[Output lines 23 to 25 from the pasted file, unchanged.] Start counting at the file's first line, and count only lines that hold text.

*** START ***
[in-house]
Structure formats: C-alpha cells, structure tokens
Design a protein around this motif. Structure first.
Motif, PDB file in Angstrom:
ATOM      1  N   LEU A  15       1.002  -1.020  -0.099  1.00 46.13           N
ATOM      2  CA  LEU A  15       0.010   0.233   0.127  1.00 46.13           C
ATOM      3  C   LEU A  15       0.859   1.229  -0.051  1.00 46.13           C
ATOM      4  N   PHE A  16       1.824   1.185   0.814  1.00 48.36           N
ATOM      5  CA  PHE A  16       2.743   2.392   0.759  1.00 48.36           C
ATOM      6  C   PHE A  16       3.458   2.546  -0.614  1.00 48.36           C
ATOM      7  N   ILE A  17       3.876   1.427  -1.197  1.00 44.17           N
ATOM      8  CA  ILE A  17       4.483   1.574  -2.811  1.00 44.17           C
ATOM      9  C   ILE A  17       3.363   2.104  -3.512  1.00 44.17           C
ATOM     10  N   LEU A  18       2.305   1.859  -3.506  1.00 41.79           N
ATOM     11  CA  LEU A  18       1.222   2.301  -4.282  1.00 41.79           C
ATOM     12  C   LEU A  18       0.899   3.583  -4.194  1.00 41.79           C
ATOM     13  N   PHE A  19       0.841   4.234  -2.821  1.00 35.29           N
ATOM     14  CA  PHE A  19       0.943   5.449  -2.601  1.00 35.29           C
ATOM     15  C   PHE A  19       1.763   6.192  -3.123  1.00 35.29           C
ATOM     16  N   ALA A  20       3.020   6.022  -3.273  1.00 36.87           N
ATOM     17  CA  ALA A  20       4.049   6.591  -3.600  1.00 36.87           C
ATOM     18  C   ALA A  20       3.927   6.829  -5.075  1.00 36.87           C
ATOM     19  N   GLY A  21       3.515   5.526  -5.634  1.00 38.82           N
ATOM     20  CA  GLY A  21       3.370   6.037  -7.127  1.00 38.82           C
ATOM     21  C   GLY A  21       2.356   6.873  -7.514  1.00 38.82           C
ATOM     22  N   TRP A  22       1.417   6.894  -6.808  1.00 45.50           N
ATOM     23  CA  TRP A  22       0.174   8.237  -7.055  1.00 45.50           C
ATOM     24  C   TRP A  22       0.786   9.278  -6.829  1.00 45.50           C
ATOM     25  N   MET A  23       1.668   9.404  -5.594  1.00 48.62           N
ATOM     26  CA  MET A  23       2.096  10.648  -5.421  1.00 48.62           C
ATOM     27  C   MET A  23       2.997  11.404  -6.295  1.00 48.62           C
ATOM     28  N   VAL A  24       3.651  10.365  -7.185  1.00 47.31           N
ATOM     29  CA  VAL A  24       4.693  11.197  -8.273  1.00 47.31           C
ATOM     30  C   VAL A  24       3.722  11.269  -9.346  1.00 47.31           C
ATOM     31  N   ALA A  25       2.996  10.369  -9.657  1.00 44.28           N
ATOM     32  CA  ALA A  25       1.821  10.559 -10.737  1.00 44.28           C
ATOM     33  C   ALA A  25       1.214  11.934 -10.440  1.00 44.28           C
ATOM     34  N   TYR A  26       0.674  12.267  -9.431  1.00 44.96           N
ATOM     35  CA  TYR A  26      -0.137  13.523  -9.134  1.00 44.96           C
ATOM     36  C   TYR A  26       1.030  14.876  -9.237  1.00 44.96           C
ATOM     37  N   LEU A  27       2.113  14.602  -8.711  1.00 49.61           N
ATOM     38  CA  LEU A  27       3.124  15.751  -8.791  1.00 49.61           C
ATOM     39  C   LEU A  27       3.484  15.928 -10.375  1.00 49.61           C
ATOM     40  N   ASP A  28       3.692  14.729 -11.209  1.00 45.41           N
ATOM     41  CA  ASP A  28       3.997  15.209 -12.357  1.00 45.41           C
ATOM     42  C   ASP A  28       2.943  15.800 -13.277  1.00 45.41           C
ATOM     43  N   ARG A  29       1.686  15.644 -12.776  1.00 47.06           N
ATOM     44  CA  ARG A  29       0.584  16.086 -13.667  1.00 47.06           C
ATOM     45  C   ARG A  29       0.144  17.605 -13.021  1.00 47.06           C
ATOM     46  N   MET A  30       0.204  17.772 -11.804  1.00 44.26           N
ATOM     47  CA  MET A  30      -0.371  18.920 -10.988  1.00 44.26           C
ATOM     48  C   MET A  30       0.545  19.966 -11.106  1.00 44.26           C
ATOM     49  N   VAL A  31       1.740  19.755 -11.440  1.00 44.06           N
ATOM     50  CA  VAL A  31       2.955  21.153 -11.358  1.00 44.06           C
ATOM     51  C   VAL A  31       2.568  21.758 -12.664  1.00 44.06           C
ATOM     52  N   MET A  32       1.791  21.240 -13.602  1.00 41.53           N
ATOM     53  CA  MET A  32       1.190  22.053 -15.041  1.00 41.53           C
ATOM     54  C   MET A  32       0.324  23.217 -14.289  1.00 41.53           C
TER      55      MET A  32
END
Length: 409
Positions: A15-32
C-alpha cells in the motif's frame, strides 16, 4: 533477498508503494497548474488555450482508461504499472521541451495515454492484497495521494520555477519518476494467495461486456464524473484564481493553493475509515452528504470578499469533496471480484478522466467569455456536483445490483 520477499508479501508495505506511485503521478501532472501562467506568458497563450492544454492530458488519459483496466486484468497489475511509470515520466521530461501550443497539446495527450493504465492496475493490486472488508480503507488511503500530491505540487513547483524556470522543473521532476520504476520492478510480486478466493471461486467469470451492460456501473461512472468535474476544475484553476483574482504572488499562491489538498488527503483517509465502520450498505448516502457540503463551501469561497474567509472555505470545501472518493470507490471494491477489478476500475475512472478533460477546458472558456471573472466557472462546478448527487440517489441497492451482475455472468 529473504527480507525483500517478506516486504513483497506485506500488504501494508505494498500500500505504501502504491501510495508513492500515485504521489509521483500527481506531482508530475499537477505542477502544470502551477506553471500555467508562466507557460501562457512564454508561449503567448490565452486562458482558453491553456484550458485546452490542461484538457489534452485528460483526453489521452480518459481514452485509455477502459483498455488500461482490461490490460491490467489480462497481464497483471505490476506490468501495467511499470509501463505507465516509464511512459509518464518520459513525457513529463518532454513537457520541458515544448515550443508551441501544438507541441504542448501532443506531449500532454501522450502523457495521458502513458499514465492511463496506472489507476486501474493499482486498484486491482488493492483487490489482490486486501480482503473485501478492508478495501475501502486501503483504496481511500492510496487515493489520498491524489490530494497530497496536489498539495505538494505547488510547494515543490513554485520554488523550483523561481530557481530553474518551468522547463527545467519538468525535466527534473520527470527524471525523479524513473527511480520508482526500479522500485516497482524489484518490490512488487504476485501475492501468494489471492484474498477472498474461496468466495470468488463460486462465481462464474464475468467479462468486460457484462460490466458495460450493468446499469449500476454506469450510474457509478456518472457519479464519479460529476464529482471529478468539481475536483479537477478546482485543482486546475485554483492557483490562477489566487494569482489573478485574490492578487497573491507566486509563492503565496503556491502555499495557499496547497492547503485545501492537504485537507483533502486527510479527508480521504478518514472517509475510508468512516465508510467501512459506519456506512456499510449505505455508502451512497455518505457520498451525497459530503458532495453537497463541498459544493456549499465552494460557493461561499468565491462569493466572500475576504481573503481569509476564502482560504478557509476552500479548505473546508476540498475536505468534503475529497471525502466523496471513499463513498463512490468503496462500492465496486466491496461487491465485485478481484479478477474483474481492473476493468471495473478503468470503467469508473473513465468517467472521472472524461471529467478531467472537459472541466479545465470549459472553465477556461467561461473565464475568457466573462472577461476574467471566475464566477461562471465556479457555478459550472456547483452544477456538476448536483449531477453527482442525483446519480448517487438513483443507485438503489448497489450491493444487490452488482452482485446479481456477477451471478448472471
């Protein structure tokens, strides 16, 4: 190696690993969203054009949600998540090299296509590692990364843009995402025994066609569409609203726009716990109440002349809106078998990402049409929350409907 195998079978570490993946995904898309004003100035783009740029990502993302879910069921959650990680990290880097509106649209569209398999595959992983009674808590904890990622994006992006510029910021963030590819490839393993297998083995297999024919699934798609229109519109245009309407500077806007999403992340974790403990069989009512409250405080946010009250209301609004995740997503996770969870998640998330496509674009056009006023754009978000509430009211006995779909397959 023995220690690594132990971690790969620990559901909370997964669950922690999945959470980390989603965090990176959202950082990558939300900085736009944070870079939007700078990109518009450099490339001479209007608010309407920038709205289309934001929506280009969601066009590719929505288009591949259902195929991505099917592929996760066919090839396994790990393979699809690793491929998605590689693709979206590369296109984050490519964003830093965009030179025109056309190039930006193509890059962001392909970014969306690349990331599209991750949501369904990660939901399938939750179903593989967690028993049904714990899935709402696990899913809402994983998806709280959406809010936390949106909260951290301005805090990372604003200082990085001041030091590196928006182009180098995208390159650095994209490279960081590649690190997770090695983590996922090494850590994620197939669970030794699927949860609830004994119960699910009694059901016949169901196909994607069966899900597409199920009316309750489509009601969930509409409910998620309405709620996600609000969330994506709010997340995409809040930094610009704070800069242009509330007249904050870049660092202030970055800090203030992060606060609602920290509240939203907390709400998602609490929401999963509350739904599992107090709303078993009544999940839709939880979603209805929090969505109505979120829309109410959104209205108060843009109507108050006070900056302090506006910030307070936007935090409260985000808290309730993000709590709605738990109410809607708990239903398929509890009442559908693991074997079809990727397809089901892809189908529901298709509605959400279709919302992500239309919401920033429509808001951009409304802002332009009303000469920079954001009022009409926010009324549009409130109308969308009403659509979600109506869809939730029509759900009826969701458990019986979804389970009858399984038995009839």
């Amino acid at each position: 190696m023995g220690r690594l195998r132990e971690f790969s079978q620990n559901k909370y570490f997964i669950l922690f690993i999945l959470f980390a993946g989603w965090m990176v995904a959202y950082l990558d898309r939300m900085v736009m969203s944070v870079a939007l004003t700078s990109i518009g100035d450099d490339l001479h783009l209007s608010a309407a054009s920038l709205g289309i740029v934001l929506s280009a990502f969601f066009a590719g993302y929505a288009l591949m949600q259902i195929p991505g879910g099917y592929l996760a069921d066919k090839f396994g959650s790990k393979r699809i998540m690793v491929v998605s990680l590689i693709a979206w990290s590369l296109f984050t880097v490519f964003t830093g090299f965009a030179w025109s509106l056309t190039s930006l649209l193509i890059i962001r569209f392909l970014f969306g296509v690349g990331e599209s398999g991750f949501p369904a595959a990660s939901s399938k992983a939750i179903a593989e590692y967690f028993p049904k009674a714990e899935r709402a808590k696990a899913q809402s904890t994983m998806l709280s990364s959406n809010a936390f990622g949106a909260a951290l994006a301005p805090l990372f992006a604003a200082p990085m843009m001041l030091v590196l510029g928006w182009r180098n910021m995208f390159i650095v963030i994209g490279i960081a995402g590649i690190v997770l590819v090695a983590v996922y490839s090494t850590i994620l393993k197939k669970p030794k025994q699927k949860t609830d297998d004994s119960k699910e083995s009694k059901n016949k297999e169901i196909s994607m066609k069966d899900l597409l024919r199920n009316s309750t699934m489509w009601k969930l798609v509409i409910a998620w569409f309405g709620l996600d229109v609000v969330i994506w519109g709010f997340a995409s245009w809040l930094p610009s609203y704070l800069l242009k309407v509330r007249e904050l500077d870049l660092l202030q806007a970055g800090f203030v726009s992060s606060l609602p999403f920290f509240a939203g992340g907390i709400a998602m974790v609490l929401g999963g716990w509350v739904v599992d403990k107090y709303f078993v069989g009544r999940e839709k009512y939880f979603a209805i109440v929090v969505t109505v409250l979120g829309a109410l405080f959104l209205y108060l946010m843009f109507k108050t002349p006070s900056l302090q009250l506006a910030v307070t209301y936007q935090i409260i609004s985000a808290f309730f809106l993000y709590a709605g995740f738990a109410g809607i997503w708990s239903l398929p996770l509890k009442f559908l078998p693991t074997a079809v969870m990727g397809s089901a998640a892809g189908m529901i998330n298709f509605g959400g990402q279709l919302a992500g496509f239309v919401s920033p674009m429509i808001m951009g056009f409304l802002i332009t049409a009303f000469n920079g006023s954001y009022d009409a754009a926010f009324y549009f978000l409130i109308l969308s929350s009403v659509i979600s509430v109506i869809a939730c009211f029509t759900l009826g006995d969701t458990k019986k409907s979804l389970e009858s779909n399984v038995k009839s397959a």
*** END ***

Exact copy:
ATOM     19  N   GLY A  21       3.515   5.526  -5.634  1.00 38.82           N
ATOM     20  CA  GLY A  21       3.370   6.037  -7.127  1.00 38.82           C
ATOM     21  C   GLY A  21       2.356   6.873  -7.514  1.00 38.82           C